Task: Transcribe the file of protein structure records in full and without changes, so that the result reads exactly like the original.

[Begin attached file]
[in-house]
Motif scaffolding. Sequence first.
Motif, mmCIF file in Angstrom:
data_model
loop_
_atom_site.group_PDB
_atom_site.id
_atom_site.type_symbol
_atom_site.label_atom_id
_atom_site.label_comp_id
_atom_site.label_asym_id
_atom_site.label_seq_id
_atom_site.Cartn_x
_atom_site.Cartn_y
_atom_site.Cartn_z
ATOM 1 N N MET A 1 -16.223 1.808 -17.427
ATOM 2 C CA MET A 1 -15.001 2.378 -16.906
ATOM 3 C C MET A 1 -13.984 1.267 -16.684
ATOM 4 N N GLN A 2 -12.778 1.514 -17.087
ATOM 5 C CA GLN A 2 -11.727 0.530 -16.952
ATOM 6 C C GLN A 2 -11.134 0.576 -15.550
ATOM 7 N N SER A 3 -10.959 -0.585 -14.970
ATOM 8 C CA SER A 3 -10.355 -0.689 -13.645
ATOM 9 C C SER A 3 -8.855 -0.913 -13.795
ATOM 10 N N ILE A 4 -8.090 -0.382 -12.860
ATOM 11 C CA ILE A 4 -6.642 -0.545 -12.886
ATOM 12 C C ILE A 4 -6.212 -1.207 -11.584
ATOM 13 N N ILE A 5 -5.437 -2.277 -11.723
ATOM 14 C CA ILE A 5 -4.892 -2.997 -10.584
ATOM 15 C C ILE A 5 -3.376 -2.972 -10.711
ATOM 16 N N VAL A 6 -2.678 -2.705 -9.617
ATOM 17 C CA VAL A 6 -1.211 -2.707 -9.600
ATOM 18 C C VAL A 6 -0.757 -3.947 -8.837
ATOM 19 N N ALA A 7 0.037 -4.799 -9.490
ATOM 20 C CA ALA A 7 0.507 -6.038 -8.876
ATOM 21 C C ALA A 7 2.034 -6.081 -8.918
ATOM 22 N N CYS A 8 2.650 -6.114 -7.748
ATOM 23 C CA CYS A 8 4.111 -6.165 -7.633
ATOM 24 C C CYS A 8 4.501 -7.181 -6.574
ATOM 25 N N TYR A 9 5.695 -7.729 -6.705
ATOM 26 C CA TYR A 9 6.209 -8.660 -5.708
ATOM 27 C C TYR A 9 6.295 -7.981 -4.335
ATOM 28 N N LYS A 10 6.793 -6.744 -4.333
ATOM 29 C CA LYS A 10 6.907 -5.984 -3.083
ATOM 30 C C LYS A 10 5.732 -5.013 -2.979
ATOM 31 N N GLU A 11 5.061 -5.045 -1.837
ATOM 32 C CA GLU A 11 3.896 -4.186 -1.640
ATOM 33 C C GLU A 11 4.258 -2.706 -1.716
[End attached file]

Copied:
[in-house]
Motif scaffolding. Sequence first.
Motif, mmCIF file in Angstrom:
data_model
loop_
_atom_site.group_PDB
_atom_site.id
_atom_site.type_symbol
_atom_site.label_atom_id
_atom_site.label_comp_id
_atom_site.label_asym_id
_atom_site.label_seq_id
_atom_site.Cartn_x
_atom_site.Cartn_y
_atom_site.Cartn_z
ATOM 1 N N MET A 1 -16.223 1.808 -17.427
ATOM 2 C CA MET A 1 -15.001 2.378 -16.906
ATOM 3 C C MET A 1 -13.984 1.267 -16.684
ATOM 4 N N GLN A 2 -12.778 1.514 -17.087
ATOM 5 C CA GLN A 2 -11.727 0.530 -16.952
ATOM 6 C C GLN A 2 -11.134 0.576 -15.550
ATOM 7 N N SER A 3 -10.959 -0.585 -14.970
ATOM 8 C CA SER A 3 -10.355 -0.689 -13.645
ATOM 9 C C SER A 3 -8.855 -0.913 -13.795
ATOM 10 N N ILE A 4 -8.090 -0.382 -12.860
ATOM 11 C CA ILE A 4 -6.642 -0.545 -12.886
ATOM 12 C C ILE A 4 -6.212 -1.207 -11.584
ATOM 13 N N ILE A 5 -5.437 -2.277 -11.723
ATOM 14 C CA ILE A 5 -4.892 -2.997 -10.584
ATOM 15 C C ILE A 5 -3.376 -2.972 -10.711
ATOM 16 N N VAL A 6 -2.678 -2.705 -9.617
ATOM 17 C CA VAL A 6 -1.211 -2.707 -9.600
ATOM 18 C C VAL A 6 -0.757 -3.947 -8.837
ATOM 19 N N ALA A 7 0.037 -4.799 -9.490
ATOM 20 C CA ALA A 7 0.507 -6.038 -8.876
ATOM 21 C C ALA A 7 2.034 -6.081 -8.918
ATOM 22 N N CYS A 8 2.650 -6.114 -7.748
ATOM 23 C CA CYS A 8 4.111 -6.165 -7.633
ATOM 24 C C CYS A 8 4.501 -7.181 -6.574
ATOM 25 N N TYR A 9 5.695 -7.729 -6.705
ATOM 26 C CA TYR A 9 6.209 -8.660 -5.708
ATOM 27 C C TYR A 9 6.295 -7.981 -4.335
ATOM 28 N N LYS A 10 6.793 -6.744 -4.333
ATOM 29 C CA LYS A 10 6.907 -5.984 -3.083
ATOM 30 C C LYS A 10 5.732 -5.013 -2.979
ATOM 31 N N GLU A 11 5.061 -5.045 -1.837
ATOM 32 C CA GLU A 11 3.896 -4.186 -1.640
ATOM 33 C C GLU A 11 4.258 -2.706 -1.716